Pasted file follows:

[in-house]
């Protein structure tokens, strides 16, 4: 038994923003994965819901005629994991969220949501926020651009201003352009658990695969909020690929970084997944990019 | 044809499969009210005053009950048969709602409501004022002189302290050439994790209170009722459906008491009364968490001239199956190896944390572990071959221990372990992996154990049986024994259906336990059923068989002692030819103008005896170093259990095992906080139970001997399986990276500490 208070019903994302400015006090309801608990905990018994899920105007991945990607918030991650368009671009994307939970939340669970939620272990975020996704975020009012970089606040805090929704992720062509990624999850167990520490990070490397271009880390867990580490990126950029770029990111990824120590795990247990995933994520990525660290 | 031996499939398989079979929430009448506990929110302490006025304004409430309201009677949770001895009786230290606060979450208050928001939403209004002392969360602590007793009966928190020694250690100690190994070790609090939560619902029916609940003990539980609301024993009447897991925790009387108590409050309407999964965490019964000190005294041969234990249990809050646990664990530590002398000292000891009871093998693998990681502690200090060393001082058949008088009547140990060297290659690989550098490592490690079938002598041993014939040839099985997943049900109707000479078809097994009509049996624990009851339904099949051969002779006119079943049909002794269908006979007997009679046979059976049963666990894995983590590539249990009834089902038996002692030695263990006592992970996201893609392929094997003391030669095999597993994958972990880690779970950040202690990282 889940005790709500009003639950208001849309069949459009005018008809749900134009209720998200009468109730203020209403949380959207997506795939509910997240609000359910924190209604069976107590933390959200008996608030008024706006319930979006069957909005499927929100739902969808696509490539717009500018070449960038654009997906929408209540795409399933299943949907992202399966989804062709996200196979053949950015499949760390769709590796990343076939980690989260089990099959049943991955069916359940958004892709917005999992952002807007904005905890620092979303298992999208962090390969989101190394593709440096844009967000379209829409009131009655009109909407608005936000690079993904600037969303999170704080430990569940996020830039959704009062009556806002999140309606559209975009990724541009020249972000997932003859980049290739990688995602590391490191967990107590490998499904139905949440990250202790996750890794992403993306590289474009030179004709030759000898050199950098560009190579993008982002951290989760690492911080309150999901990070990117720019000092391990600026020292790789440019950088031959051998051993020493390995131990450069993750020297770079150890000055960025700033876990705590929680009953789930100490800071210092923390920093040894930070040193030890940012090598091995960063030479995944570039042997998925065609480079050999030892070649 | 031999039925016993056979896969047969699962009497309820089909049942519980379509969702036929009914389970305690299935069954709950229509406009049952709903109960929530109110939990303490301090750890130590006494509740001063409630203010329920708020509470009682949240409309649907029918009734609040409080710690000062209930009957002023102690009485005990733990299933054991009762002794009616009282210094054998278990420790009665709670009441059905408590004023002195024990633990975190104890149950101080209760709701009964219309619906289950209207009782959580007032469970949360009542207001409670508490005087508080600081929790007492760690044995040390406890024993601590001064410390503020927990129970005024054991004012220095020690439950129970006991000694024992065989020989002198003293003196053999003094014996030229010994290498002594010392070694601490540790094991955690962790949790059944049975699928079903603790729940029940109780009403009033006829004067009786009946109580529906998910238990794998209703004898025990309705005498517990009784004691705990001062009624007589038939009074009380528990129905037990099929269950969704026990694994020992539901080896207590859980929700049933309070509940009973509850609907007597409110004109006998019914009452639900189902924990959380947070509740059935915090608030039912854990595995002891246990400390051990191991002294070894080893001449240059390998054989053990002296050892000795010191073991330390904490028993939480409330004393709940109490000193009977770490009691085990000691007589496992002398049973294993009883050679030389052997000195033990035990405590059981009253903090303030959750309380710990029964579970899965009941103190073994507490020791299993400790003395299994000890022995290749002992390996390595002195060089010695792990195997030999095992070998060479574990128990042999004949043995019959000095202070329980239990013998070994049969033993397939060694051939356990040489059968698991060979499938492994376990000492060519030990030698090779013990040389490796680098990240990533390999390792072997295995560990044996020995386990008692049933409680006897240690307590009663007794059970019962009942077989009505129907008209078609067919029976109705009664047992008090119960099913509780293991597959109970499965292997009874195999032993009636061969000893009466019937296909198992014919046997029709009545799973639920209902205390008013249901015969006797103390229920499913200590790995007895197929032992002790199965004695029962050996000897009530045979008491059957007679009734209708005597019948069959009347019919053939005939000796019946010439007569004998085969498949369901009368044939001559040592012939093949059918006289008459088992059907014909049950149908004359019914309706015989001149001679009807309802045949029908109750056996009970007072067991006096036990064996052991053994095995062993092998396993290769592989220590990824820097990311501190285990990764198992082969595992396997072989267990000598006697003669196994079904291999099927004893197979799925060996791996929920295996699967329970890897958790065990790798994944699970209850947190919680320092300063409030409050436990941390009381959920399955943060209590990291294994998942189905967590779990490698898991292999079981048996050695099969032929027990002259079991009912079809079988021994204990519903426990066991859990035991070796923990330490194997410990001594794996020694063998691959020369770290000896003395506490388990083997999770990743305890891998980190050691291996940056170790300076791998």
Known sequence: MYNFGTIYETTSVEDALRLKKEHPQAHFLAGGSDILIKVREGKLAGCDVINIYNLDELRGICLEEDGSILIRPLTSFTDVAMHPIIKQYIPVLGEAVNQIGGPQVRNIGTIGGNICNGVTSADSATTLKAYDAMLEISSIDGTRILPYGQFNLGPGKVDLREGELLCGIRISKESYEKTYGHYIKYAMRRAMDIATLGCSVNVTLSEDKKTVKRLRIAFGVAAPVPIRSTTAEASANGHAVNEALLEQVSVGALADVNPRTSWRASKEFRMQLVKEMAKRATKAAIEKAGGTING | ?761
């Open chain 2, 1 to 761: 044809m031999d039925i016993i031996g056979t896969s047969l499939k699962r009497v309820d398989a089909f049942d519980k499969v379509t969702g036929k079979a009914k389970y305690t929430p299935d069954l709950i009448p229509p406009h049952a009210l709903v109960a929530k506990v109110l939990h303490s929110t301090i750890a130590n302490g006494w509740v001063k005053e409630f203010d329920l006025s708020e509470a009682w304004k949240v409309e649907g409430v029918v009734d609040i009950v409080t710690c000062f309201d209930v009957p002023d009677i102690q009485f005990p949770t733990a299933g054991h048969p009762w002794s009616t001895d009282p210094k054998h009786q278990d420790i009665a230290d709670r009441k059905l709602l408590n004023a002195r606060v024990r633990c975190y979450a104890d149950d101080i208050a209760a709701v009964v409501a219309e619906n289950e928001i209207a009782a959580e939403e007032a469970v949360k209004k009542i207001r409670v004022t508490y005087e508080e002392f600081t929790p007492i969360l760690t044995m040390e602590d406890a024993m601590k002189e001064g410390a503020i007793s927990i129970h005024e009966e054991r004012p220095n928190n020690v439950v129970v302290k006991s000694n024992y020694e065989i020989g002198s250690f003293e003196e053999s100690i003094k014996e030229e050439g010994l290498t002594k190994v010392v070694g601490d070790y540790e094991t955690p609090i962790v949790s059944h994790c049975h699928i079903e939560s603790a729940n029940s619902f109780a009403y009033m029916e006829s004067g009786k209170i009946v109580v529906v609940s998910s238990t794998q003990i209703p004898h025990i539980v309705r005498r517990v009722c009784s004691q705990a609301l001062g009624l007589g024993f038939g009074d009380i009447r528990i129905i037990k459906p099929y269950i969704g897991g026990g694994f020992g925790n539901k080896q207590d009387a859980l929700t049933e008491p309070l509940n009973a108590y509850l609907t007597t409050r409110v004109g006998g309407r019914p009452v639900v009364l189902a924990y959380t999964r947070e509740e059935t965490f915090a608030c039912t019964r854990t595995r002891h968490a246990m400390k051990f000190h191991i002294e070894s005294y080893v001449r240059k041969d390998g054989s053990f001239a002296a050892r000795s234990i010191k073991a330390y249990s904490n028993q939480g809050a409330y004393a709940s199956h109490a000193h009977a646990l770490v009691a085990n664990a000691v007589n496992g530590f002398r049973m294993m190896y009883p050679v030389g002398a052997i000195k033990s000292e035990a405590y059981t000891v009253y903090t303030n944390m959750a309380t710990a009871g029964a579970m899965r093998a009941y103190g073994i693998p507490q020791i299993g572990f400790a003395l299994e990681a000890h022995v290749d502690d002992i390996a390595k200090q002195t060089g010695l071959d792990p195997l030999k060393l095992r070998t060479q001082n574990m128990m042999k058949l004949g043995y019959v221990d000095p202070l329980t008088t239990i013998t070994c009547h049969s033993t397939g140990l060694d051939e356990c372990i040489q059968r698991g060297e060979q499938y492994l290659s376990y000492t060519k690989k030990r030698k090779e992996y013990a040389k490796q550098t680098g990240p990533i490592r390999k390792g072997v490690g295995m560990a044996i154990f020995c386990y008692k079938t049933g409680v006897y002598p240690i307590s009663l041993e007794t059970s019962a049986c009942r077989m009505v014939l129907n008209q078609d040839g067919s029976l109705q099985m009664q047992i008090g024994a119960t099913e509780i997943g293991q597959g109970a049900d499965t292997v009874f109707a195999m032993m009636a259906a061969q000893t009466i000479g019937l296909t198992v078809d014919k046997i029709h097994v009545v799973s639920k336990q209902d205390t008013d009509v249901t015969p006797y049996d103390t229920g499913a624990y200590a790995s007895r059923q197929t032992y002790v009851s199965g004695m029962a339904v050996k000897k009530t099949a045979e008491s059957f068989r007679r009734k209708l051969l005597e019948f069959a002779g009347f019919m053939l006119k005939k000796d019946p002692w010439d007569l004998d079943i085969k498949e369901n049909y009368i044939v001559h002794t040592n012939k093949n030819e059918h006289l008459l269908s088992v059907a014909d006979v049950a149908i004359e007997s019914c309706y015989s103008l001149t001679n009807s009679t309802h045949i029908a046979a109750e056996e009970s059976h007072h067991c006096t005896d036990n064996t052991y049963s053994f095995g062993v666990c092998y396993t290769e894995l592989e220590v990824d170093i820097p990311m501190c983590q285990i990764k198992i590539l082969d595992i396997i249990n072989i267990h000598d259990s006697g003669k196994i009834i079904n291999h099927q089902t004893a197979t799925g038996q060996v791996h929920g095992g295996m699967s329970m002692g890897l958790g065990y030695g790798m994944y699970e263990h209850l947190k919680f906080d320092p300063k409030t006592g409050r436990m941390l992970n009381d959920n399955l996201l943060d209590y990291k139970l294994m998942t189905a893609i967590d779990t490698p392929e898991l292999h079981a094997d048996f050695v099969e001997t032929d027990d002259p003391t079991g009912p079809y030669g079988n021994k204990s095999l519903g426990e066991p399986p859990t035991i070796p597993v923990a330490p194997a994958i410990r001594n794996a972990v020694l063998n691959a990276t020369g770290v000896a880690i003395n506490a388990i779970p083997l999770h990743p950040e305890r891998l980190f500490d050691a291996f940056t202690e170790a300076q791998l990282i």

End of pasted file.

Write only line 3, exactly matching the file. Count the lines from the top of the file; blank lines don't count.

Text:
Known sequence: MYNFGTIYETTSVEDALRLKKEHPQAHFLAGGSDILIKVREGKLAGCDVINIYNLDELRGICLEEDGSILIRPLTSFTDVAMHPIIKQYIPVLGEAVNQIGGPQVRNIGTIGGNICNGVTSADSATTLKAYDAMLEISSIDGTRILPYGQFNLGPGKVDLREGELLCGIRISKESYEKTYGHYIKYAMRRAMDIATLGCSVNVTLSEDKKTVKRLRIAFGVAAPVPIRSTTAEASANGHAVNEALLEQVSVGALADVNPRTSWRASKEFRMQLVKEMAKRATKAAIEKAGGTING | ?761